Pseudomonas has a lot of tricks up its sleeve,” Gandhi says. And one trick in particular protects it from a large swath of antibiotics: it creates enzymes called VIMs that break down nearly all beta-lactam antibiotics—a large class of medications that are “often the backbone of treating all these infections,” says Gregory Madden, an infectious disease researcher and clinician at the University of Virginia School of Medicine. VIMs are “the worst to deal with because they chew up pretty much any beta-lactam you can throw at them, including our big guns like carbapenems.” The enzymes can also break down several of the newest beta-lactam drugs. “This is where it starts to feel like the preantibiotic era, when you have no good antibiotic options to treat these infections,” he says.

Fortunately, lab tests of five samples of the new strain showed that the bacteria appear to be susceptible to one new-generation beta-lactam called cefiderocol. This is “somewhat reassuring,” although it doesn’t guarantee that every infection would respond to the medication, Madden says. According to a recent case study of a 72-year-old woman who lost almost all sight in her left eye after using the EzriCare drops, cefiderocol was used to successfully treat the woman's P. aeruginosa infection, but it did not restore her eyesight.

These new-generation beta-lactam antibiotics are lifesaving, but they all rely on similar mechanisms to kill bacteria. Very few new antibiotics take completely novel approaches to wiping out these microbes. Drug companies see antibiotic development as largely unprofitable because new antibiotics are usually only used for the most drug-resistant cases, Chan says. The recent P. aeruginosa outbreak highlights the importance of staying ahead of bacteria and fungi as they evolve immunity to the drugs in our arsenal, he adds.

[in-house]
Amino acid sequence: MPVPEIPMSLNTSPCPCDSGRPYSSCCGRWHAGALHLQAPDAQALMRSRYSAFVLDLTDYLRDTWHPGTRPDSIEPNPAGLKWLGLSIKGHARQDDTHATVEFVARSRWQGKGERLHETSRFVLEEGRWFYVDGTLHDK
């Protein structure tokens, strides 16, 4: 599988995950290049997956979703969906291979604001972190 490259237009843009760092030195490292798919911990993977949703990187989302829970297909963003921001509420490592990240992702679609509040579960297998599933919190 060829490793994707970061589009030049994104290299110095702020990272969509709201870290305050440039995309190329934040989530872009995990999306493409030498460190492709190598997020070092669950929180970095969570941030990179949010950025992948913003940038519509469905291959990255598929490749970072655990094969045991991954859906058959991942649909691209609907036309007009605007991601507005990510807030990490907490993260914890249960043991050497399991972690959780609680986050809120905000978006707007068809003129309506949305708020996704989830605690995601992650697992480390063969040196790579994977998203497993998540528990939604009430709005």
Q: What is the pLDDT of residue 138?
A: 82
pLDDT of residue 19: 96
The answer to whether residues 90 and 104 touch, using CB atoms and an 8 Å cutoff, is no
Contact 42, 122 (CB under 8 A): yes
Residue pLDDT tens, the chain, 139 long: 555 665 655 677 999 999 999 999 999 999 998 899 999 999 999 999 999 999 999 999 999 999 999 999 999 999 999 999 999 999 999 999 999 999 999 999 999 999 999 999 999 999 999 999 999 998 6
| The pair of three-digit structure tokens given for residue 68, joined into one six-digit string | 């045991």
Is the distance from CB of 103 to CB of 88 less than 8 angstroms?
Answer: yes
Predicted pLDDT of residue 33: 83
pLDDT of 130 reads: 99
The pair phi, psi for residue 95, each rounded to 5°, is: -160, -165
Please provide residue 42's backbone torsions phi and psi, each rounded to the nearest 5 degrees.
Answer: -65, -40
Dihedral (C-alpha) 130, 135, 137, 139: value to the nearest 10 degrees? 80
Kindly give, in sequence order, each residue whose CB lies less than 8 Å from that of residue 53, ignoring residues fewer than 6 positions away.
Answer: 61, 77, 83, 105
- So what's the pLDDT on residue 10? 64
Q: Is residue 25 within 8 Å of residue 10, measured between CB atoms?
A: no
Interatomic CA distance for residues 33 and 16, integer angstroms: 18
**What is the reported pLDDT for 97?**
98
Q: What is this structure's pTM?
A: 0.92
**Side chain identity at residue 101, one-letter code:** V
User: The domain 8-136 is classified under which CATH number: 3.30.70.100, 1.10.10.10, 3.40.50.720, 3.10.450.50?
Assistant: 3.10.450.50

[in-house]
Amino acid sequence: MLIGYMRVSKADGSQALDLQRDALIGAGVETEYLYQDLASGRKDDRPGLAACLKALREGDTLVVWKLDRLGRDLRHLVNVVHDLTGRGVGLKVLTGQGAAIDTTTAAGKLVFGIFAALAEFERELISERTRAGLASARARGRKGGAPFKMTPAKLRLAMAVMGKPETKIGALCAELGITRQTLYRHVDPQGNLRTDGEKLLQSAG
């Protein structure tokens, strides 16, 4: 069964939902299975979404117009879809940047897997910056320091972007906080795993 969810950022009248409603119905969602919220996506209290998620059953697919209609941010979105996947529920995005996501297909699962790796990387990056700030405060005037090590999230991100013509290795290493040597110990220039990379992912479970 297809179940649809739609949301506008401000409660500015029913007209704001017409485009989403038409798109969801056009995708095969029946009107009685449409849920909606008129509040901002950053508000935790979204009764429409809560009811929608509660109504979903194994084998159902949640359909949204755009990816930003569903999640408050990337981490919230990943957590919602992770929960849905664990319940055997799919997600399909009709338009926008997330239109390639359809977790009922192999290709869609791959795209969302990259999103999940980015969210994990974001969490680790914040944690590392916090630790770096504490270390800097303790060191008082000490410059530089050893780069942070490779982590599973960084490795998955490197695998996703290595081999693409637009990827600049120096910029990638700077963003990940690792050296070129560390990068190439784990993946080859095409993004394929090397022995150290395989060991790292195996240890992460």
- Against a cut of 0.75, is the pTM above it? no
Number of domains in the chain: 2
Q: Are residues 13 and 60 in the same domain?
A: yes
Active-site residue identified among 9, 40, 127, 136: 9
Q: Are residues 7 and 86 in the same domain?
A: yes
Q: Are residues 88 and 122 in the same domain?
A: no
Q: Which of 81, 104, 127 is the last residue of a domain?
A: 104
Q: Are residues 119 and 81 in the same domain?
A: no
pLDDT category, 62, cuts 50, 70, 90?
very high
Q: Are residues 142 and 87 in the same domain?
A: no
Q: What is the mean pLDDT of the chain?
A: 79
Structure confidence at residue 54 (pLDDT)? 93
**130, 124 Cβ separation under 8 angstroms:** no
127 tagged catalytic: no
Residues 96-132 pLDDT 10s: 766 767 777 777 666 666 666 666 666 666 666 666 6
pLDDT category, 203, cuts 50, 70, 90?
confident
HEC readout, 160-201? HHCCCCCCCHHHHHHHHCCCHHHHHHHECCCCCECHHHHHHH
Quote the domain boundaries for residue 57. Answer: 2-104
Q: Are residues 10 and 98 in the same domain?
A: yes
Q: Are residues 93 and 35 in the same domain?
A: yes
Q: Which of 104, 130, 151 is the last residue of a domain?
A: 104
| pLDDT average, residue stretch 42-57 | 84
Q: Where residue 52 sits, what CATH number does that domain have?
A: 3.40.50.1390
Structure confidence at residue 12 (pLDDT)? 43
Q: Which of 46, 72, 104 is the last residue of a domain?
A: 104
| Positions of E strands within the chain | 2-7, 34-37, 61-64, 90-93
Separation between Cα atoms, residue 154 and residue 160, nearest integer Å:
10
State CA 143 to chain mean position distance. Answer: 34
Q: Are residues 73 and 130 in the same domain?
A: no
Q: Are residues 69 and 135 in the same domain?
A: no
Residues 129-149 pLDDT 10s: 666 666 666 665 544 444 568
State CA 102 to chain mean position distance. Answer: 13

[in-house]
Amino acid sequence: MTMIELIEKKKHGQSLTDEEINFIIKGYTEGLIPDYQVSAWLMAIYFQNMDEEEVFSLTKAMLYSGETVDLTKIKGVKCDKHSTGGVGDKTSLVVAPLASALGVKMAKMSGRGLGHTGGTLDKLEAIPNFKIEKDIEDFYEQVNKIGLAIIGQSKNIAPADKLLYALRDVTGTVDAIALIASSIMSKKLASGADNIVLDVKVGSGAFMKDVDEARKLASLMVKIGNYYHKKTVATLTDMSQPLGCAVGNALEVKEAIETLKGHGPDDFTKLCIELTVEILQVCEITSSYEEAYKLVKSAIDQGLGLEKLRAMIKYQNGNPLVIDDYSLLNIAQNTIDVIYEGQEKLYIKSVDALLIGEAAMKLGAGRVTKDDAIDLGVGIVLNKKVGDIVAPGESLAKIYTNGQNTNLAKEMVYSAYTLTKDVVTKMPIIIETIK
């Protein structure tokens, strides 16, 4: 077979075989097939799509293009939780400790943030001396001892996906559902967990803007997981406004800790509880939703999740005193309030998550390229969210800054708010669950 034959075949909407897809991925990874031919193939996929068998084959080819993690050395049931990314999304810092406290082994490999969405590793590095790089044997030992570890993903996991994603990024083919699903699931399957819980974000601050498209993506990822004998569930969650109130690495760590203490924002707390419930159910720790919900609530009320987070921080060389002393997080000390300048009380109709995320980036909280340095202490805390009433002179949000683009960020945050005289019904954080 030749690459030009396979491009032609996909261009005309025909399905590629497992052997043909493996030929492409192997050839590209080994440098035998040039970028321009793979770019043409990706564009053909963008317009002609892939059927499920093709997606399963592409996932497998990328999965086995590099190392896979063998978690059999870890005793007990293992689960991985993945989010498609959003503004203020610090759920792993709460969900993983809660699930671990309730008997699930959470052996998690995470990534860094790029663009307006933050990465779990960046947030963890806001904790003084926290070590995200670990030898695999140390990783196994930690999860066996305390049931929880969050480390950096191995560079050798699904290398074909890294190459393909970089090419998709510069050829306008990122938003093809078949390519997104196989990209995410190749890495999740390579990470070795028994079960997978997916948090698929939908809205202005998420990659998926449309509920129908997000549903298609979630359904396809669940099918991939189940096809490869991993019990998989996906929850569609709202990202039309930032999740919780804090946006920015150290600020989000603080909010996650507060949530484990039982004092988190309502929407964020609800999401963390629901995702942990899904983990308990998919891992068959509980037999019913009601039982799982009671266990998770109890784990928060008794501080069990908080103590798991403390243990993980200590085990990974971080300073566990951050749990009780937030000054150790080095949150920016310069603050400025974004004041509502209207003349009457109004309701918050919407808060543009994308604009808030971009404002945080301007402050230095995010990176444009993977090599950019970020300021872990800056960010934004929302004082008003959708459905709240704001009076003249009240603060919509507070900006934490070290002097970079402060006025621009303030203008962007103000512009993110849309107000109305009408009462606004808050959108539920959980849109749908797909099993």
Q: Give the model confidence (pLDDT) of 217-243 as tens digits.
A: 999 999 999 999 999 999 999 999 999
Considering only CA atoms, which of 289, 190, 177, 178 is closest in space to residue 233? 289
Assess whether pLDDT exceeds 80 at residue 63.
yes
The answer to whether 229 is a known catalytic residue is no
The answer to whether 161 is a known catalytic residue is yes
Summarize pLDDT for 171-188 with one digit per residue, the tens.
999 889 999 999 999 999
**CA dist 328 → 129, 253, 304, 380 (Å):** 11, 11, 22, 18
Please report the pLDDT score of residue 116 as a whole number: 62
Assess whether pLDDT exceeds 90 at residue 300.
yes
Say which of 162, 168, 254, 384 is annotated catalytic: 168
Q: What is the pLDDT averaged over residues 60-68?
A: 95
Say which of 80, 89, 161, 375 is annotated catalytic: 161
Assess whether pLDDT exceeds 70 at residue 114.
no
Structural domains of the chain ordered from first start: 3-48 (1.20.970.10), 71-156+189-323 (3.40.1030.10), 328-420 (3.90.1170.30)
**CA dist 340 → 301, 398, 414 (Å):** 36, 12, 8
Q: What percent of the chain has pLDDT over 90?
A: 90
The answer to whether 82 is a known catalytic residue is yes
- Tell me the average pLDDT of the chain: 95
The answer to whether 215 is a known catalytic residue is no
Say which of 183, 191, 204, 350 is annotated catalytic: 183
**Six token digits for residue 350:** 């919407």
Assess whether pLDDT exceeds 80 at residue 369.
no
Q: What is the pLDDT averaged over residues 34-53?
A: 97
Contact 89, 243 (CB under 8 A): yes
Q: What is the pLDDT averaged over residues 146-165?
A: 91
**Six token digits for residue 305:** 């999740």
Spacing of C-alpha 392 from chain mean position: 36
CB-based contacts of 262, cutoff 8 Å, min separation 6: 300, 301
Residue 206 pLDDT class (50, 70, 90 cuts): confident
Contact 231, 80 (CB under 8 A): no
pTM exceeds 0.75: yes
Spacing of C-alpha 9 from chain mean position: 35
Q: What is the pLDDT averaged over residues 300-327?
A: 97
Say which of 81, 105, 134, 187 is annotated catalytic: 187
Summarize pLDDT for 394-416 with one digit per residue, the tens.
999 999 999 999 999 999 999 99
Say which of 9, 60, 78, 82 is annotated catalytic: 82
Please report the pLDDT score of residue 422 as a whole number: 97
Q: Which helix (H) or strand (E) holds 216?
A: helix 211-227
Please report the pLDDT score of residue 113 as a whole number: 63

Some scientists see promise in a treatment called bacteriophage therapy. Bacteriophages, often called phages for short, are viruses that naturally target and kill specific strains of bacteria. These tiny predators have been used to successfully treat drug resistant P. aeruginosa infections, including by Chan’s team at Yale. According to the CDC, the University of California, San Diego’s Center for Innovative Phage Applications and Therapeutics has identified phages that can act against the new strain of P. aeruginosa. But phage therapy is only available to those with life-threatening conditions in the U.S. and is typically not covered by insurance. Some phage therapy centers offer the treatment at free or reduced cost, however.

Drug-resistant infections are on the rise around the world. “Ten years ago these carbapenem-resistant organisms were pretty unusual and were mostly seen in other countries,” Madden says. “But in the past year or two, we’ve definitely seen many more of them in the United States.” This is likely because of a combination of factors and long-term trends, such as increased antibiotic use and higher levels of immunosuppression in the general population, he says.

The genes that allow bacteria to resist antibiotics can also be spread between different bacterial species, so the drug resistance that evolved in P. aeruginosa could jump to other types of bacteria, such as Escherichia coli. “You may get into situations where you’d have to go home with an [intravenous] antibiotic for just a regular urinary tract infection,” Madden says. “We’ve seen that. So this is a real problem. It’s only going to get worse.”

The worsening crisis emphasizes the importance of limiting our use of antibiotics, Gandhi says. “It’s really an argument for really judicious use of antibiotics. That’s probably the main way and the best way to prevent these infections from spreading.”

Editor’s Note (4/14/23): This article was edited after posting to correct the spelling of Shiv Gandhi’s last name.